Monday, September 10, 2012
Moderation sets us up for failure, says an article in today's Toronto Globe and Mail..
Why? Because moderation requires us to make too many choices. If I tell myself that I can eat potato chips moderately, then I have to ask myself: how many is a moderate amount? And how many times a week is a moderate recurrence? If I don't eat potato chips at all . . . if I have a "no potato chips" policy for me . . . then I don't have to exhaust my decision-making power.
So: moderation becomes a form of tyranny.
In that sense, an inflexible rule is less tyrannical!
What do you think? Does moderation work for you?
Sunday, September 02, 2012
This is the time of year when there are lots of "back to school" articles aimed at parents who want to motivate their children to be successful. Intelligence isn't the most important factor in academic success.
Margaret Wente at the Toronto Globe and Mail has written a terrific article interviewing writer Paul Tough (good name!) and summarizing the recent research on "productive failure". Heaping "self esteem" on kids doesn't work very well in motivating them to succeed. Character, Tough says (and Wente agrees), is actually built through failure. That's how we learn persistence, curiosity, optimism and grit. We have to let our kids fail. Because that's how they build character. Especially grit.
But: it's not just kids who need to learn. All of us are learning and relearning all the time, our whole lives long. And particularly in the weight loss context, we know that motivation is key. To learn to sustain the motivation essential to maintenance, we have to let ourselves fail too. Maintenance, I'm thinking, is another process of productive failure.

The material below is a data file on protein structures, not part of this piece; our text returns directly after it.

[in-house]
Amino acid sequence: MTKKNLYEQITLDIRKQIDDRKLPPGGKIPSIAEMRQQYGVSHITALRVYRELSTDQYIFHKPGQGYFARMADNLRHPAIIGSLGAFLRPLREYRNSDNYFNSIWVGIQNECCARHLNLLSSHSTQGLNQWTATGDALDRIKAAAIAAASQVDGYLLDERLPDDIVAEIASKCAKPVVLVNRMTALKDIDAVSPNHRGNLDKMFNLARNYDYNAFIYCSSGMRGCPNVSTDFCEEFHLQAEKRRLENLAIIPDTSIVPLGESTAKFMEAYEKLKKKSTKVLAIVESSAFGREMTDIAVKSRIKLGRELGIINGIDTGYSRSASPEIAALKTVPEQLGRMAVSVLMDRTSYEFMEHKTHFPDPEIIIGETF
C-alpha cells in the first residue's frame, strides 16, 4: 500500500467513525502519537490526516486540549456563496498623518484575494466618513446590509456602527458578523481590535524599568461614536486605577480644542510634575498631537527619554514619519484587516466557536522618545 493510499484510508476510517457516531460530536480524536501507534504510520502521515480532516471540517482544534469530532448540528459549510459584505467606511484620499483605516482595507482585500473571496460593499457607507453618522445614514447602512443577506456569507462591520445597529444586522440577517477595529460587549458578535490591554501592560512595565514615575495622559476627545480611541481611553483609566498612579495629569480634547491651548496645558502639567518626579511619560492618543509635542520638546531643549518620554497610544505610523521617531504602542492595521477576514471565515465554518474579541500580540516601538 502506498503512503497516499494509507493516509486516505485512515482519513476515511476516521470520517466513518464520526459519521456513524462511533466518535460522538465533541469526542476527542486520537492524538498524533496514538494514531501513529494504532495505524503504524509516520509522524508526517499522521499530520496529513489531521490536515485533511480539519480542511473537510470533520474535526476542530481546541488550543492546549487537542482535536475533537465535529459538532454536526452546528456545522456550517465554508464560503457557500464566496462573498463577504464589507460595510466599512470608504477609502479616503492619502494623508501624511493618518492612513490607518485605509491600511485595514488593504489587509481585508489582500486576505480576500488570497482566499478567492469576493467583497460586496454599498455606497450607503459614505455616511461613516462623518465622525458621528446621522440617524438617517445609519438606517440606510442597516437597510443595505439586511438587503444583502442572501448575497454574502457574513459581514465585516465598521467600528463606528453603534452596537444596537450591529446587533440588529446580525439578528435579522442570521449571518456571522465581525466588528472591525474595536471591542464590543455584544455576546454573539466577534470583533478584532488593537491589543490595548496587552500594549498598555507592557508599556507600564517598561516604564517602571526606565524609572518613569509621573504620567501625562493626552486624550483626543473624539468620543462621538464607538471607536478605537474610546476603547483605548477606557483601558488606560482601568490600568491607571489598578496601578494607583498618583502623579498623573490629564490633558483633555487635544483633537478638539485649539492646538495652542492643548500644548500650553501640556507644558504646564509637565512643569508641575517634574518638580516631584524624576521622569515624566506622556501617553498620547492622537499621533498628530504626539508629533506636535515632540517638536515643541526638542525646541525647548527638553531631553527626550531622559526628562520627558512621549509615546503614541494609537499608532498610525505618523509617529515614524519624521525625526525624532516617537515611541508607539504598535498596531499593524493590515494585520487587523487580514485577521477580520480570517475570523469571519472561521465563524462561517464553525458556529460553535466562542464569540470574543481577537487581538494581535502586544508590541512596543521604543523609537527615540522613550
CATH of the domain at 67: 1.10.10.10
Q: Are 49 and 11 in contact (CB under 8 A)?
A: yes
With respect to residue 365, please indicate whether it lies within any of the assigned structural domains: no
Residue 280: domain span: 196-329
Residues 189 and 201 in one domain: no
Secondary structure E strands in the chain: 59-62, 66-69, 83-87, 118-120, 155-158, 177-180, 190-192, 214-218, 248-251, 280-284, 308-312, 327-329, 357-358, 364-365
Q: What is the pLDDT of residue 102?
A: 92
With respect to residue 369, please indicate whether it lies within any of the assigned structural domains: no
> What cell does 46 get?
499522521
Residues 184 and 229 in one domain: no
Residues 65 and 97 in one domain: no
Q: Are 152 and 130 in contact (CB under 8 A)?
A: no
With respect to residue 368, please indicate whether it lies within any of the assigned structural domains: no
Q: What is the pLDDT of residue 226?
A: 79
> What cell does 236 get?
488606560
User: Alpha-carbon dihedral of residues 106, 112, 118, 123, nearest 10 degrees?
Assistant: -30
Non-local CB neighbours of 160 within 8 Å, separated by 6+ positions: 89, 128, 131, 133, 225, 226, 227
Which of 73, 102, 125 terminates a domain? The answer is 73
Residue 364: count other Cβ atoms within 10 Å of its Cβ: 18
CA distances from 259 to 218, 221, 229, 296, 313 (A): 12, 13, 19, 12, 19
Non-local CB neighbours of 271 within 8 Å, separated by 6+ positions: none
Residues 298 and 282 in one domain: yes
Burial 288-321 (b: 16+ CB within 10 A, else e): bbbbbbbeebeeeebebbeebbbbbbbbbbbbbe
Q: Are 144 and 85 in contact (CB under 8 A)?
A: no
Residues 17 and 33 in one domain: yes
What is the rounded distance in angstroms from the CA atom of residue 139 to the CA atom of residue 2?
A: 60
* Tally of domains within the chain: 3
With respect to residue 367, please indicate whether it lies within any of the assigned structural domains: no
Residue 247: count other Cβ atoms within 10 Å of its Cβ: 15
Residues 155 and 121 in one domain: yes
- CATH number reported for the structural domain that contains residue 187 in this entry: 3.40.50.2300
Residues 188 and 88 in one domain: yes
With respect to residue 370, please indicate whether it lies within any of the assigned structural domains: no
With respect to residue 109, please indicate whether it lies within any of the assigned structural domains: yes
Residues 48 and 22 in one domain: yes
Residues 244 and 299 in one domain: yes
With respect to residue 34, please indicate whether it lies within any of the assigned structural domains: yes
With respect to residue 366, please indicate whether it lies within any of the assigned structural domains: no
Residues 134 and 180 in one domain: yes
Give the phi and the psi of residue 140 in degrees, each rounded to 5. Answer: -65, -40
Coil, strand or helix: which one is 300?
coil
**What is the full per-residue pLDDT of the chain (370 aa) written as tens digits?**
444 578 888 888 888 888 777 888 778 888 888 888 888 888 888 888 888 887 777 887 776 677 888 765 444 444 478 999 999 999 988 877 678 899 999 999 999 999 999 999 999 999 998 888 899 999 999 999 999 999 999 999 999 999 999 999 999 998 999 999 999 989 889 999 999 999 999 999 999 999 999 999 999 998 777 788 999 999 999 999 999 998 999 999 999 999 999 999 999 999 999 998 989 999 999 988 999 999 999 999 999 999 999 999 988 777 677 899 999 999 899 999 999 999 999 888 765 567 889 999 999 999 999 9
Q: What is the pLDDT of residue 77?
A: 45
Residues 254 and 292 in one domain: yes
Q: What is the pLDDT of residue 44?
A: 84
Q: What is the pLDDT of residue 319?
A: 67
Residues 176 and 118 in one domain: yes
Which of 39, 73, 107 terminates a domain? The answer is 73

We lose all the weight. Then we learn how to maintain the weight loss.
And we learn, inevitably, by failing: by putting some weight back on.
And then taking it off again. Immediately. This time, not giving up. This time, keeping the fluctuation within a range.
We learn to be persistent: we keep on tracking.
We learn to be curious: we explore what works.
We learn to be optimistic that this time we will succeed. This time, we will not give up. Ever.
And that requires above all, that we learn grit. Grit in the weight maintenance context means:
willingness to tolerate some hunger;
willingness to tolerate some social inconvenience (when everyone else is eating and we can't); and
willingness to tolerate the day-in, day-out every-dayness of exercise and calorie control necessary for life-long weight loss maintenance.
The initial weight loss process was somewhat glamorous. People noticed. People offered congratulations. There was lots of praise, and the ol' self-esteem rose pretty rapidly. But self-esteem isn't a solid foundation to maintain weight loss. We need something more. Grit.
Grit, for me, means accepting the unpleasant reality of weight loss maintenance. Learning to accept the discipline that it takes. Maybe even, eventually and at least some days, to like it. But to stick with the program even on those days when we don't much like it. To say "oh well". And stop eating. And start moving.